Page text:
Plastisphere presents an important message with good intentions: an intriguing side-journey for your commute home or night-out.
The STC’s Dance Nation is a form-defying, convention-busting exploration of adolescence and its triumphs, conundrums and frustrating confusions. It is also a confronting and challenging piece of theatre.
It’s not every day we get the opportunity to see an entirely authentic African circus jam-packed with such a talented cast. As the host of Cirque Africa says himself, without the support of the audience – Fringe goes may have to endure yet another all Australian circus / physical theatre act in the years to come!
In a bid to connect inclusive festivals and embrace diversity and accessibility, UniSA and Australia-Korea Foundation are joining together with Adelaide arts organisations to take the message globally.
Dan Willis’ comedy show is fast-paced and he covers a lot of elements of Australian life along the way. It delivers a polished, rather gentle and polite, non-intimidating form of comedy – and that is not a bad thing at all.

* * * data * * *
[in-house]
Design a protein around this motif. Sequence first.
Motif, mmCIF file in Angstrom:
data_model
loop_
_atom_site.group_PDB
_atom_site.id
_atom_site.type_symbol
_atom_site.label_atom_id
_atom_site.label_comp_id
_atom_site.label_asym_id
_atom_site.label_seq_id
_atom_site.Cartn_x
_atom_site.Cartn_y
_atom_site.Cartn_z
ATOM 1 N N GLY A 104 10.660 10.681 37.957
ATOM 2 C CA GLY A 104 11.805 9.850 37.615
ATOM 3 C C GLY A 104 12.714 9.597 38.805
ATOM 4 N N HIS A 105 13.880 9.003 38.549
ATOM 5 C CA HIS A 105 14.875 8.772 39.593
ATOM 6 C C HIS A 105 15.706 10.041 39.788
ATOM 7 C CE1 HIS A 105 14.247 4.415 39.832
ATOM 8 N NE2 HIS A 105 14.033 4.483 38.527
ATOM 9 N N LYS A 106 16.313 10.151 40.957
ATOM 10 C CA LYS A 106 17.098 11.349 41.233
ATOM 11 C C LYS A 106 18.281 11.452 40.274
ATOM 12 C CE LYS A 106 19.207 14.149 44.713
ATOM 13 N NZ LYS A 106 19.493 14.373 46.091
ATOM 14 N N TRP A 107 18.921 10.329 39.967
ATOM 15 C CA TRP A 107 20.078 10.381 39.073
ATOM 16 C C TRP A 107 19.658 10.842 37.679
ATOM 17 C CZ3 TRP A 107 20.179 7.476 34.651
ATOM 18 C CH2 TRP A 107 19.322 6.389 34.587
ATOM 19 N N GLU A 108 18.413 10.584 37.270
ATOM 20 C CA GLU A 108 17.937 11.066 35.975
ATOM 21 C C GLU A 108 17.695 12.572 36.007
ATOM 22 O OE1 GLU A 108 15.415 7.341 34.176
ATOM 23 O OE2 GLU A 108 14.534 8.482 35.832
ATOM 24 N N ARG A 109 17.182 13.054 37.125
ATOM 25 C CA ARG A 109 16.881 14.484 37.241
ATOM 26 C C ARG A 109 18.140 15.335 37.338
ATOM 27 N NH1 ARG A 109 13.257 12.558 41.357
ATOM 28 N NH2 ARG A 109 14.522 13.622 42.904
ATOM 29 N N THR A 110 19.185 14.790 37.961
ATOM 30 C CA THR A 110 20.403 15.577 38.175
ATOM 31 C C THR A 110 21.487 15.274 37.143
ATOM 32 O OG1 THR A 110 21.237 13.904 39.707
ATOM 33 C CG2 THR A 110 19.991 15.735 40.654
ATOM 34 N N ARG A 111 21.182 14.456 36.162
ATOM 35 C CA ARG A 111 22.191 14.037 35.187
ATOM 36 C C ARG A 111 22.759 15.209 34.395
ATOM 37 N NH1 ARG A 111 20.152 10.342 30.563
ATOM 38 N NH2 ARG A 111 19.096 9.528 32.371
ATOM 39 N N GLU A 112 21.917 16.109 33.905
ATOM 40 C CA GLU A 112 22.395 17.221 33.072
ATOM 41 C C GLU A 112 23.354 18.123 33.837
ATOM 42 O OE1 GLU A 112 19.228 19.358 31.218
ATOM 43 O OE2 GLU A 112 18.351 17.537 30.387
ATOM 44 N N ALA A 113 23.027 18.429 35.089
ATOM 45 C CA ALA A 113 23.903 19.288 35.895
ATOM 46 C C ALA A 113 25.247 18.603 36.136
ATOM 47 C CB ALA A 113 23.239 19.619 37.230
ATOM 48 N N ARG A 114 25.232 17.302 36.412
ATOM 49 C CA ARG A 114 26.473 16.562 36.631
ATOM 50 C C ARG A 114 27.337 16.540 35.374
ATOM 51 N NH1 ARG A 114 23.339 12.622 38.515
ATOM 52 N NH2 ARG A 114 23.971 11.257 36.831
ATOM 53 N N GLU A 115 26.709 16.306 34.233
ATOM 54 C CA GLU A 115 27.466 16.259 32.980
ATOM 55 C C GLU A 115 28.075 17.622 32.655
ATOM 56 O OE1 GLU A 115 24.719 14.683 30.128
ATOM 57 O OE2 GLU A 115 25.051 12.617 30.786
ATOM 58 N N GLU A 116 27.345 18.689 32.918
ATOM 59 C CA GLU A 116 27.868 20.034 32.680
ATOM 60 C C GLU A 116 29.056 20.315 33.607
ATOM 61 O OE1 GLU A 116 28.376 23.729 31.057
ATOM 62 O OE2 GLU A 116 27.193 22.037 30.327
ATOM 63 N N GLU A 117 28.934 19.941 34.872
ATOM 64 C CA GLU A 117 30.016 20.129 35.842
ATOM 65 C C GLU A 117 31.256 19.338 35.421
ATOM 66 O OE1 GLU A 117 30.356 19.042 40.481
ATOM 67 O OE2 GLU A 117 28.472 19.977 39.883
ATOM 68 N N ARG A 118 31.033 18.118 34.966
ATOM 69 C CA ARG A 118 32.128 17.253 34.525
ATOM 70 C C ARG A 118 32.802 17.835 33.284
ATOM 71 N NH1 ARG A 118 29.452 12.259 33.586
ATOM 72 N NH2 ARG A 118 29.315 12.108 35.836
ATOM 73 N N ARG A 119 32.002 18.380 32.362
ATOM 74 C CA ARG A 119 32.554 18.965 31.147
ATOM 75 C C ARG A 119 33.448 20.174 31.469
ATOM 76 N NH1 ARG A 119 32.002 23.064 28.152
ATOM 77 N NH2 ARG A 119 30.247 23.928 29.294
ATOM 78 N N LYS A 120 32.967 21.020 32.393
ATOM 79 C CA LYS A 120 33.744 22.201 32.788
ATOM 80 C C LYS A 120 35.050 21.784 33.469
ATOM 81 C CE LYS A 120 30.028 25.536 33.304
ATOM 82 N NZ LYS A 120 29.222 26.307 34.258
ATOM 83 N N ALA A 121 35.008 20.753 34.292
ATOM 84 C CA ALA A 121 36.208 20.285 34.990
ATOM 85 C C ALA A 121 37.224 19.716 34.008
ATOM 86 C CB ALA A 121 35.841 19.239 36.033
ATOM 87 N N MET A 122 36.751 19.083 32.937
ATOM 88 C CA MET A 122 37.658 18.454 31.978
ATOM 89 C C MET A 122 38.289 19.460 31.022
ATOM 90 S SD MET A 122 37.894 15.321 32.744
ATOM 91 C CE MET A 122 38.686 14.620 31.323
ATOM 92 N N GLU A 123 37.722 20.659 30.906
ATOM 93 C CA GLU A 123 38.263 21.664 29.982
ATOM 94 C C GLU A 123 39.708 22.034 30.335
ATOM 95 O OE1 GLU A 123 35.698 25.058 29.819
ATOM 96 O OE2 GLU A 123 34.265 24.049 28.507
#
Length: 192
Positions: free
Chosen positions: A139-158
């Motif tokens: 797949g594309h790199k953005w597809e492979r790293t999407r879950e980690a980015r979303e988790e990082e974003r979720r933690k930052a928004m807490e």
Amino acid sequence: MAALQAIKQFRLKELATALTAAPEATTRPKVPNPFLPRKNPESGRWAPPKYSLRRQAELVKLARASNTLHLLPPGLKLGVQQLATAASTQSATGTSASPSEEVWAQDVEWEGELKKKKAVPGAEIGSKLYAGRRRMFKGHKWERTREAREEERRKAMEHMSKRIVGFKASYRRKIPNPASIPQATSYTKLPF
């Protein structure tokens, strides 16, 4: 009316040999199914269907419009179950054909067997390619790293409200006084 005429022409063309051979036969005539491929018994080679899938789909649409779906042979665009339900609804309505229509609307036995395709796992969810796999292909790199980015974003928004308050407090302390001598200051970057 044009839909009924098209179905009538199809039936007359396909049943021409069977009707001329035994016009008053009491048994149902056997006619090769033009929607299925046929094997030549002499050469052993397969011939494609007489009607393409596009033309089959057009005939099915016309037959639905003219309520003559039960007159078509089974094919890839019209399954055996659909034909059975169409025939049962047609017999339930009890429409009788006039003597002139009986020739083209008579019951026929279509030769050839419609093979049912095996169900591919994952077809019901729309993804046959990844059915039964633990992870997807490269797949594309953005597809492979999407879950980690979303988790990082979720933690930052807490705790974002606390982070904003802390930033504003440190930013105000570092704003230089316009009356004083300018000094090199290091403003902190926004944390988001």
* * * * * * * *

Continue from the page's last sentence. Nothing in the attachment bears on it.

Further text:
Reine Beau Anderson Dudley sings The Carpenters hits beautifully, never trying to slavishly emulate the original vocal stylings, yet delivering interpretations that are often as stunningly emotive and affective as the originals.
Abandonman is an absolute joy, exuding such charisma and warmth that you feel as though you and an over-sized tent of your closest friends are sharing stories in a safe space, set to the perfect soundtrack performed by a man and his mixer.
A stripped down circus show that proves you don’t need all the bells and whistles.
Aussie pub-band energy with a cult alternative playlist, the Straight-Jacket Tailors cover The Velvet Underground and Lou Reed classics at the Grace Emily.
Magic McMagicface is a masterful showing of an array of magic tricks and performance which will leave you in awe of Rob Ellinger’s skill, as well as possibly walking away with a transference of some of his love for magic.